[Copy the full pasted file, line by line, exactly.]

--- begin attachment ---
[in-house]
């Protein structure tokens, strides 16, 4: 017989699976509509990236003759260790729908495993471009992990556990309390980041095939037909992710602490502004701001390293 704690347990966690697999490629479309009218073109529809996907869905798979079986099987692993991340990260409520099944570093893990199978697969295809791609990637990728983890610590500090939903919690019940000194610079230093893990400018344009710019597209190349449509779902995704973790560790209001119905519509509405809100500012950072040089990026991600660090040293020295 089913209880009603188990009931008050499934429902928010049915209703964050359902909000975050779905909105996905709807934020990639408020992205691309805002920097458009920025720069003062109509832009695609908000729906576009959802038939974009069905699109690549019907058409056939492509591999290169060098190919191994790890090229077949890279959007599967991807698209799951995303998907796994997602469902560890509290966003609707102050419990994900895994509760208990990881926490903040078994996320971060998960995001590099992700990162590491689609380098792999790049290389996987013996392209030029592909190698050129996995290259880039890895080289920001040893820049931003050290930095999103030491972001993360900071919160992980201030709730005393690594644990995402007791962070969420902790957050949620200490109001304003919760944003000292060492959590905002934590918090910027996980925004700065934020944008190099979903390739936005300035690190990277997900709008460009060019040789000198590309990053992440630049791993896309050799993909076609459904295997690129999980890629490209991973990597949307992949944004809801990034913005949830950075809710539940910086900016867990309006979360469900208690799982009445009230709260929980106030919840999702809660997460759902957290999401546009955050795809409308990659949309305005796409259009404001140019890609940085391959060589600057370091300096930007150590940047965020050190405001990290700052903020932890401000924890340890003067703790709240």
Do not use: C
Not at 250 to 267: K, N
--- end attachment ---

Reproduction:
[in-house]
């Protein structure tokens, strides 16, 4: 017989699976509509990236003759260790729908495993471009992990556990309390980041095939037909992710602490502004701001390293 704690347990966690697999490629479309009218073109529809996907869905798979079986099987692993991340990260409520099944570093893990199978697969295809791609990637990728983890610590500090939903919690019940000194610079230093893990400018344009710019597209190349449509779902995704973790560790209001119905519509509405809100500012950072040089990026991600660090040293020295 089913209880009603188990009931008050499934429902928010049915209703964050359902909000975050779905909105996905709807934020990639408020992205691309805002920097458009920025720069003062109509832009695609908000729906576009959802038939974009069905699109690549019907058409056939492509591999290169060098190919191994790890090229077949890279959007599967991807698209799951995303998907796994997602469902560890509290966003609707102050419990994900895994509760208990990881926490903040078994996320971060998960995001590099992700990162590491689609380098792999790049290389996987013996392209030029592909190698050129996995290259880039890895080289920001040893820049931003050290930095999103030491972001993360900071919160992980201030709730005393690594644990995402007791962070969420902790957050949620200490109001304003919760944003000292060492959590905002934590918090910027996980925004700065934020944008190099979903390739936005300035690190990277997900709008460009060019040789000198590309990053992440630049791993896309050799993909076609459904295997690129999980890629490209991973990597949307992949944004809801990034913005949830950075809710539940910086900016867990309006979360469900208690799982009445009230709260929980106030919840999702809660997460759902957290999401546009955050795809409308990659949309305005796409259009404001140019890609940085391959060589600057370091300096930007150590940047965020050190405001990290700052903020932890401000924890340890003067703790709240």
Do not use: C
Not at 250 to 267: K, N